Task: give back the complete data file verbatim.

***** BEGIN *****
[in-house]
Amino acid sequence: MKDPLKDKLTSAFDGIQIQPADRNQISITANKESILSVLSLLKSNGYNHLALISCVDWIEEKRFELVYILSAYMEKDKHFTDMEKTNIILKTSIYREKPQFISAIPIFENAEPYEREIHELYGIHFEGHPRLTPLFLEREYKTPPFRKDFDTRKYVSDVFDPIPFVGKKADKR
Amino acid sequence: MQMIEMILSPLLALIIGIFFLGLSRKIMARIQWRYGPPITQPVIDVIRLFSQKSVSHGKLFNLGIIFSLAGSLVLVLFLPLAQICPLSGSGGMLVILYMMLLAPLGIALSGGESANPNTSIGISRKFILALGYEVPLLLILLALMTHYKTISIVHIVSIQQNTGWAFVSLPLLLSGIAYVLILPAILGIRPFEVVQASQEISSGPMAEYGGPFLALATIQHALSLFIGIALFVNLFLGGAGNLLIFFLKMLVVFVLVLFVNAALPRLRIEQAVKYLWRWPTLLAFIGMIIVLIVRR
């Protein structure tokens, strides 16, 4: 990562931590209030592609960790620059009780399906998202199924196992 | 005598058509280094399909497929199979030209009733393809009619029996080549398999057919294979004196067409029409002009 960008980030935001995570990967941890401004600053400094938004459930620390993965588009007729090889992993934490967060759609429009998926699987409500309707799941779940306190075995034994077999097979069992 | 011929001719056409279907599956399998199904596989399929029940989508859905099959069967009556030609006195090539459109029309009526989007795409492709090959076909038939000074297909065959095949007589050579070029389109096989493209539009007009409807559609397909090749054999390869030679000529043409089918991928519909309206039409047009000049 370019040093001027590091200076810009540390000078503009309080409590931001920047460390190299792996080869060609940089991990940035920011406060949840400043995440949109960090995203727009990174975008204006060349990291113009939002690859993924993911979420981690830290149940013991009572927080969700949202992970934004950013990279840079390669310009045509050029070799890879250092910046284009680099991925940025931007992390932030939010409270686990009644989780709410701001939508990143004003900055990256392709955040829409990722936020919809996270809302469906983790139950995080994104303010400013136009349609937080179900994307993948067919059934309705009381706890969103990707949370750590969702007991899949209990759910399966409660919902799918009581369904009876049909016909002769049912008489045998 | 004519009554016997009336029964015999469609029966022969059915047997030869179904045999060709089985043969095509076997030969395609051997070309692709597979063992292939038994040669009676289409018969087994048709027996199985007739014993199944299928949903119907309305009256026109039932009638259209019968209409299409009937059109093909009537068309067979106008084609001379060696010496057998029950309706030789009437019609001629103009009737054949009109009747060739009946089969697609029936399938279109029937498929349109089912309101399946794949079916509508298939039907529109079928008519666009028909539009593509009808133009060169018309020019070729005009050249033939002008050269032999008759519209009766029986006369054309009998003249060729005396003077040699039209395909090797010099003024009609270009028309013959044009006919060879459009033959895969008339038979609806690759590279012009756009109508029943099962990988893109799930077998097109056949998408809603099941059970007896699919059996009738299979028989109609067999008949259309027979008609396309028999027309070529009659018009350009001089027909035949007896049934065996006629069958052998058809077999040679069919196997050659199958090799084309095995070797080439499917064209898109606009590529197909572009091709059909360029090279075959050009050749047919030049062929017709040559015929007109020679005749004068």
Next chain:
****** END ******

[in-house]
Amino acid sequence: MKDPLKDKLTSAFDGIQIQPADRNQISITANKESILSVLSLLKSNGYNHLALISCVDWIEEKRFELVYILSAYMEKDKHFTDMEKTNIILKTSIYREKPQFISAIPIFENAEPYEREIHELYGIHFEGHPRLTPLFLEREYKTPPFRKDFDTRKYVSDVFDPIPFVGKKADKR
Amino acid sequence: MQMIEMILSPLLALIIGIFFLGLSRKIMARIQWRYGPPITQPVIDVIRLFSQKSVSHGKLFNLGIIFSLAGSLVLVLFLPLAQICPLSGSGGMLVILYMMLLAPLGIALSGGESANPNTSIGISRKFILALGYEVPLLLILLALMTHYKTISIVHIVSIQQNTGWAFVSLPLLLSGIAYVLILPAILGIRPFEVVQASQEISSGPMAEYGGPFLALATIQHALSLFIGIALFVNLFLGGAGNLLIFFLKMLVVFVLVLFVNAALPRLRIEQAVKYLWRWPTLLAFIGMIIVLIVRR
């Protein structure tokens, strides 16, 4: 990562931590209030592609960790620059009780399906998202199924196992 | 005598058509280094399909497929199979030209009733393809009619029996080549398999057919294979004196067409029409002009 960008980030935001995570990967941890401004600053400094938004459930620390993965588009007729090889992993934490967060759609429009998926699987409500309707799941779940306190075995034994077999097979069992 | 011929001719056409279907599956399998199904596989399929029940989508859905099959069967009556030609006195090539459109029309009526989007795409492709090959076909038939000074297909065959095949007589050579070029389109096989493209539009007009409807559609397909090749054999390869030679000529043409089918991928519909309206039409047009000049 370019040093001027590091200076810009540390000078503009309080409590931001920047460390190299792996080869060609940089991990940035920011406060949840400043995440949109960090995203727009990174975008204006060349990291113009939002690859993924993911979420981690830290149940013991009572927080969700949202992970934004950013990279840079390669310009045509050029070799890879250092910046284009680099991925940025931007992390932030939010409270686990009644989780709410701001939508990143004003900055990256392709955040829409990722936020919809996270809302469906983790139950995080994104303010400013136009349609937080179900994307993948067919059934309705009381706890969103990707949370750590969702007991899949209990759910399966409660919902799918009581369904009876049909016909002769049912008489045998 | 004519009554016997009336029964015999469609029966022969059915047997030869179904045999060709089985043969095509076997030969395609051997070309692709597979063992292939038994040669009676289409018969087994048709027996199985007739014993199944299928949903119907309305009256026109039932009638259209019968209409299409009937059109093909009537068309067979106008084609001379060696010496057998029950309706030789009437019609001629103009009737054949009109009747060739009946089969697609029936399938279109029937498929349109089912309101399946794949079916509508298939039907529109079928008519666009028909539009593509009808133009060169018309020019070729005009050249033939002008050269032999008759519209009766029986006369054309009998003249060729005396003077040699039209395909090797010099003024009609270009028309013959044009006919060879459009033959895969008339038979609806690759590279012009756009109508029943099962990988893109799930077998097109056949998408809603099941059970007896699919059996009738299979028989109609067999008949259309027979008609396309028999027309070529009659018009350009001089027909035949007896049934065996006629069958052998058809077999040679069919196997050659199958090799084309095995070797080439499917064209898109606009590529197909572009091709059909360029090279075959050009050749047919030049062929017709040559015929007109020679005749004068």
Next chain: